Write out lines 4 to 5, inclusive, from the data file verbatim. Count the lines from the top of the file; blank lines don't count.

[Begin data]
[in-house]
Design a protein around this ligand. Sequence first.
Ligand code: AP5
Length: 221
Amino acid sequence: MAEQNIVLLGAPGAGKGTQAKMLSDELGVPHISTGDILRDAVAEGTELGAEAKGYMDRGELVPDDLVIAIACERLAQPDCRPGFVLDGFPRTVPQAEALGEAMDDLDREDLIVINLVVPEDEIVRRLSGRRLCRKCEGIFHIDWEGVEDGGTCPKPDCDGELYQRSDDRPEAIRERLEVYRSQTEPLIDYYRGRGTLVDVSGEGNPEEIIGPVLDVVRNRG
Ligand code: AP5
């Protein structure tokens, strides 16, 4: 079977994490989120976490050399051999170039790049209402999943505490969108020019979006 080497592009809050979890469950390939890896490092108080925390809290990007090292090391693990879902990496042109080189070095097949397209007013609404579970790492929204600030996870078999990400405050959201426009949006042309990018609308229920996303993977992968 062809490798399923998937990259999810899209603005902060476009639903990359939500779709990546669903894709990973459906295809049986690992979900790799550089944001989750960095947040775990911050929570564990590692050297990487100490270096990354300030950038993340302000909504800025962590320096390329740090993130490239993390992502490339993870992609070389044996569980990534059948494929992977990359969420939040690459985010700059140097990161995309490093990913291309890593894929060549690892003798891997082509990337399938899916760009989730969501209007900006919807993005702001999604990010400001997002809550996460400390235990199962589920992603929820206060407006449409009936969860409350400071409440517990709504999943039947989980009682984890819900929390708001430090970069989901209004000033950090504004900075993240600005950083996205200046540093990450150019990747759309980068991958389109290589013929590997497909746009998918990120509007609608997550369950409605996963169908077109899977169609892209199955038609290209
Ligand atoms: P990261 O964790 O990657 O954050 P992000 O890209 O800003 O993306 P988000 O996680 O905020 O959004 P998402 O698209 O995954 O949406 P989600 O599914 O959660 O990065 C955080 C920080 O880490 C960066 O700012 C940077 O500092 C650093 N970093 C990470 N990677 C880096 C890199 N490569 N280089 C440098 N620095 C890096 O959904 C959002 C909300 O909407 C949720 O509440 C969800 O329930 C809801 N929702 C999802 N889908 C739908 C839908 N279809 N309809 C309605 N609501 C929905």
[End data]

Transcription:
Length: 221
Amino acid sequence: MAEQNIVLLGAPGAGKGTQAKMLSDELGVPHISTGDILRDAVAEGTELGAEAKGYMDRGELVPDDLVIAIACERLAQPDCRPGFVLDGFPRTVPQAEALGEAMDDLDREDLIVINLVVPEDEIVRRLSGRRLCRKCEGIFHIDWEGVEDGGTCPKPDCDGELYQRSDDRPEAIRERLEVYRSQTEPLIDYYRGRGTLVDVSGEGNPEEIIGPVLDVVRNRG